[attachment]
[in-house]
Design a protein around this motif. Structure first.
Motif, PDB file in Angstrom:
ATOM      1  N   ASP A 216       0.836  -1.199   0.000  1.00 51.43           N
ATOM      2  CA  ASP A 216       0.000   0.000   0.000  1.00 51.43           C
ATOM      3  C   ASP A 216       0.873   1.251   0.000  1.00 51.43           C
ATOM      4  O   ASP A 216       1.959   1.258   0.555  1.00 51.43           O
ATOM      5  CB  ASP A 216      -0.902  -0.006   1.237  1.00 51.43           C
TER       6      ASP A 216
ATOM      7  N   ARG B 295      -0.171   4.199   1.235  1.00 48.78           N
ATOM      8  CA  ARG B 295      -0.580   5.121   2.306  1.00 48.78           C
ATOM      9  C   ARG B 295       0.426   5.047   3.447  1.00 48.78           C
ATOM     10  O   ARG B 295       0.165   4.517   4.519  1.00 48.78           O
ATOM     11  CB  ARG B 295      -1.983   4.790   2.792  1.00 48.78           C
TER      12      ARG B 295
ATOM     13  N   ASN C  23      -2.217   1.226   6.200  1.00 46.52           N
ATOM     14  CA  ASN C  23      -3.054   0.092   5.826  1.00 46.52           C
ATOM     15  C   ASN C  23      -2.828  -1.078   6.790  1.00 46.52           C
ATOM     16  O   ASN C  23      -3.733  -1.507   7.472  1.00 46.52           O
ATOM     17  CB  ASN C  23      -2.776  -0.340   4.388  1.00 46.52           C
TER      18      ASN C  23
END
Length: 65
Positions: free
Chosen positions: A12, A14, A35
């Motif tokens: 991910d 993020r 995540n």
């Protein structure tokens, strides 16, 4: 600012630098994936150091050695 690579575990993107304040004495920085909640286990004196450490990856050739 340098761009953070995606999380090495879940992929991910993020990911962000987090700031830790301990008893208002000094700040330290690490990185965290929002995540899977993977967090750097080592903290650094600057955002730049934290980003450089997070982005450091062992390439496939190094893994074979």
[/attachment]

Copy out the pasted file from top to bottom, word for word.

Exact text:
[in-house]
Design a protein around this motif. Structure first.
Motif, PDB file in Angstrom:
ATOM      1  N   ASP A 216       0.836  -1.199   0.000  1.00 51.43           N
ATOM      2  CA  ASP A 216       0.000   0.000   0.000  1.00 51.43           C
ATOM      3  C   ASP A 216       0.873   1.251   0.000  1.00 51.43           C
ATOM      4  O   ASP A 216       1.959   1.258   0.555  1.00 51.43           O
ATOM      5  CB  ASP A 216      -0.902  -0.006   1.237  1.00 51.43           C
TER       6      ASP A 216
ATOM      7  N   ARG B 295      -0.171   4.199   1.235  1.00 48.78           N
ATOM      8  CA  ARG B 295      -0.580   5.121   2.306  1.00 48.78           C
ATOM      9  C   ARG B 295       0.426   5.047   3.447  1.00 48.78           C
ATOM     10  O   ARG B 295       0.165   4.517   4.519  1.00 48.78           O
ATOM     11  CB  ARG B 295      -1.983   4.790   2.792  1.00 48.78           C
TER      12      ARG B 295
ATOM     13  N   ASN C  23      -2.217   1.226   6.200  1.00 46.52           N
ATOM     14  CA  ASN C  23      -3.054   0.092   5.826  1.00 46.52           C
ATOM     15  C   ASN C  23      -2.828  -1.078   6.790  1.00 46.52           C
ATOM     16  O   ASN C  23      -3.733  -1.507   7.472  1.00 46.52           O
ATOM     17  CB  ASN C  23      -2.776  -0.340   4.388  1.00 46.52           C
TER      18      ASN C  23
END
Length: 65
Positions: free
Chosen positions: A12, A14, A35
């Motif tokens: 991910d 993020r 995540n």
């Protein structure tokens, strides 16, 4: 600012630098994936150091050695 690579575990993107304040004495920085909640286990004196450490990856050739 340098761009953070995606999380090495879940992929991910993020990911962000987090700031830790301990008893208002000094700040330290690490990185965290929002995540899977993977967090750097080592903290650094600057955002730049934290980003450089997070982005450091062992390439496939190094893994074979």